Washington DC-based EIG Global Energy Partners, formerly the energy and infrastructure group of TCW, is leading an investor group that together will invest $1.25 billion in Chesapeake Energy Corporation, which owns approximately 700,000 acres in Ohio and Pennsylvania’s Utica Shale region.
EIG is investing $816.5 million in the deal, with $500 million coming from its energy-focused fund and $316.5 million coming from the fund’s limited partners, who are participating as co-investors. EIG closed its fifteenth fund on $4.1 billion in May. Fund XV is the first fund under the EIG banner since the firm spun out from Los Angeles-based TCW in December 2010.
EIG has already invested about $2 billion from the fund, co-president and chief investment officer Kurt Talbot told Private Equity International.
“I think [shale] is going to continue to dominate the domestic [energy and production] landscape,” he said. “That’s what everyone’s doing. There’s been a shift to more liquids-rich or oily shale, but shale is not going away. Not in the near term and probably not even in the long term.”
The final close for EIG’s Fund XV exceeded both the firm’s original target of $2.5 billion and the original hard-cap of $3.5 billion. Fund XV launched in February 2010, and held a first close on $600 million last June. The fund focuses on oil, gas, renewable energy and energy infrastructure investments globally.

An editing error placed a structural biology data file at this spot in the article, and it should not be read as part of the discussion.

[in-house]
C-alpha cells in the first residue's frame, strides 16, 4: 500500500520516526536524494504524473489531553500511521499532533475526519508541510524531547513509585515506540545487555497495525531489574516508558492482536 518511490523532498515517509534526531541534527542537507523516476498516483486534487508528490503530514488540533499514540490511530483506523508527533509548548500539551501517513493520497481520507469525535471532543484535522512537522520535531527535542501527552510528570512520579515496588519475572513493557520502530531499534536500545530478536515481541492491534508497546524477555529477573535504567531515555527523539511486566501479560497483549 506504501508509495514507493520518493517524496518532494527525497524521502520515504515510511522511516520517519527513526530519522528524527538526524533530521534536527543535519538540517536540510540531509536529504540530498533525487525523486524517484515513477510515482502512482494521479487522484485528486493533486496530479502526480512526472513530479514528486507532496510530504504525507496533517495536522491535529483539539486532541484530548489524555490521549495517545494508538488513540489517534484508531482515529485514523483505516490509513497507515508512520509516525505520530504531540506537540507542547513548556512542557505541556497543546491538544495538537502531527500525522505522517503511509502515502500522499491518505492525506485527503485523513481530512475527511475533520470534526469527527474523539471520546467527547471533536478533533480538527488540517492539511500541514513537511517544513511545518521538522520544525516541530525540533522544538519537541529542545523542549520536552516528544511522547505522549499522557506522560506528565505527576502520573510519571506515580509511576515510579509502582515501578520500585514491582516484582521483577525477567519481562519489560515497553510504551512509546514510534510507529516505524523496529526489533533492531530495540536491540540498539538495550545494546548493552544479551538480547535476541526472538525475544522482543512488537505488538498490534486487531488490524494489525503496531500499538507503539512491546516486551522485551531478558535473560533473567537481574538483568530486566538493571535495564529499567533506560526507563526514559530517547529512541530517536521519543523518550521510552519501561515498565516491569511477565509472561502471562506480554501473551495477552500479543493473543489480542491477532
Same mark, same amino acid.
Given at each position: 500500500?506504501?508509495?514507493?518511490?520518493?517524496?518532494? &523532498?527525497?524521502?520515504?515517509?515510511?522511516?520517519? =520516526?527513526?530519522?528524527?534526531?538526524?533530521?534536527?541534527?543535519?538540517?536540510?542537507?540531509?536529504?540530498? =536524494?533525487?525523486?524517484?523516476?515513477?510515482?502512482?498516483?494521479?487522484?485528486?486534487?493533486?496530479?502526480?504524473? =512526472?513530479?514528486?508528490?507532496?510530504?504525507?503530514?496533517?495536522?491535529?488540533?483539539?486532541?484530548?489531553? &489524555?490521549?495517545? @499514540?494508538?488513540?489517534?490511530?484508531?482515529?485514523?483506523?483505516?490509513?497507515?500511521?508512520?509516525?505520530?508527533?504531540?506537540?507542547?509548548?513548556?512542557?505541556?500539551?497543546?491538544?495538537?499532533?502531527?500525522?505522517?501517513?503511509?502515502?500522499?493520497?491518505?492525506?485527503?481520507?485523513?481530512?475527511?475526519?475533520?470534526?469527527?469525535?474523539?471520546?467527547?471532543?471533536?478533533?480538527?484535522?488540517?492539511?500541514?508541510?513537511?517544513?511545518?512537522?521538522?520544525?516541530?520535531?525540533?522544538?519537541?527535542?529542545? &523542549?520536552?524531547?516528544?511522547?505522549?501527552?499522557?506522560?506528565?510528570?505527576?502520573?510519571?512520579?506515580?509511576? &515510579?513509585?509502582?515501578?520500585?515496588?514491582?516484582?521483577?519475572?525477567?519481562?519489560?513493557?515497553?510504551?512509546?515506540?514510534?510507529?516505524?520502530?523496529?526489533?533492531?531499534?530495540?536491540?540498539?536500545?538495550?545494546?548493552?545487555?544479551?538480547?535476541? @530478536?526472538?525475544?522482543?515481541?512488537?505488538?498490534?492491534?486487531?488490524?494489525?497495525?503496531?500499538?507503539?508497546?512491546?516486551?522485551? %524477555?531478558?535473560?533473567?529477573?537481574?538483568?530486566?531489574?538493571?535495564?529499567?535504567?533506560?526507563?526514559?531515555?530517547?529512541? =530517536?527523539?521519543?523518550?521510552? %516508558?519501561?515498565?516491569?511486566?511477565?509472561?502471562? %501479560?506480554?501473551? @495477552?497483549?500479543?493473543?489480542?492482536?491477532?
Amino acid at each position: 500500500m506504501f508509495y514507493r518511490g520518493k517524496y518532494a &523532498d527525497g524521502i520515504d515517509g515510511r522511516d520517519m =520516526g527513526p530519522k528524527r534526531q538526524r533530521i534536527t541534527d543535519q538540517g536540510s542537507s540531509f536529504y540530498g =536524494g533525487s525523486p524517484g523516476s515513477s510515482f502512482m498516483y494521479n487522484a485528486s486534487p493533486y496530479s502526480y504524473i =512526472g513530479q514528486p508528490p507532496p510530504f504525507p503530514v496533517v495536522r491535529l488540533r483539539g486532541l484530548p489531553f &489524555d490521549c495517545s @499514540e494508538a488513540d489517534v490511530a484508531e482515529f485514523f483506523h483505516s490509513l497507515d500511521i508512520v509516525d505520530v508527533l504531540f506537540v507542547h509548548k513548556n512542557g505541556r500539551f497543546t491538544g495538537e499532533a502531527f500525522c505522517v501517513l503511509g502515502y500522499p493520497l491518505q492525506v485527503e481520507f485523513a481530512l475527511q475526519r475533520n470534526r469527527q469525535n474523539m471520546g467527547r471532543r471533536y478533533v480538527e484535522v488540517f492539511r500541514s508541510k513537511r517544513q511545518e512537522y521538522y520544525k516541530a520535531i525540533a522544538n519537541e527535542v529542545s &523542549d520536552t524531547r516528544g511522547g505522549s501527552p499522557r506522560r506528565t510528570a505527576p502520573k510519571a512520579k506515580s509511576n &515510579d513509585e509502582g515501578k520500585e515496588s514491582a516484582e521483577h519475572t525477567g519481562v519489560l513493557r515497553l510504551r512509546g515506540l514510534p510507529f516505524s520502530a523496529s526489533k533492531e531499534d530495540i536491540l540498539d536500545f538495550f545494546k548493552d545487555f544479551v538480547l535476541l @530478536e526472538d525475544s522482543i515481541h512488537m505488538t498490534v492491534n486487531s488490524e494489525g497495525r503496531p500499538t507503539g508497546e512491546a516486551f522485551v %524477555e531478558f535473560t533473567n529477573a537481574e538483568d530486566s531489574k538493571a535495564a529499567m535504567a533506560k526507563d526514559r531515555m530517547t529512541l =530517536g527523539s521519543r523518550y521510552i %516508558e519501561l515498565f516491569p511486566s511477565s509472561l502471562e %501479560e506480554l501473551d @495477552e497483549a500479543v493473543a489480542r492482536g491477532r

Many private equity firms have been cashing in on the enormous potential of natural gas deposits under shale rock formations. In June, Kohlberg Kravis Roberts’ exited Hilcorp Resources, which held acreage in South Texas’s Eagle Ford Shale natural gas deposits. The firm had spent $300 million a year earlier for a 40 percent stake in the company. That was quickly turned into $1.13 billion when Marathon Oil purchased the company for $3.5 billion.
But the bonanza may be tempered by environmental concerns. Activists have raised questions about the method by which natural gas is extracted from shale. A mixture of water and chemicals is shot into shale formations, breaking up the rock layers and releasing deposits of natural gas. The process, called hydraulic fracturing, or fracking, has drawn the ire of environmental groups who claim it could contaminate groundwater supplies.
A debate has been raging in New York State, where the Marcellus Shale offers a large deposit of natural gas. Fear of groundwater pollution prompted New York to adopt a seven-month moratorium on fracking last December.
EIG has plans to open an office in Hong Kong in early 2012, according to a statement, to “strategically position EIG to take advantage of opportunities for investments in energy, resources and related infrastructure fueled by demand growth in Asia”. The Hong Kong office will be EIG’s fifth. In addition to its Washington DC headquarters, the firm has offices in London, Sydney and Houston.
EIG Global Energy Partners had $9.2 billion under management as of 30 September 30. During its 29-year history, EIG has invested more than $11 billion through more than 260 projects or companies in 33 countries.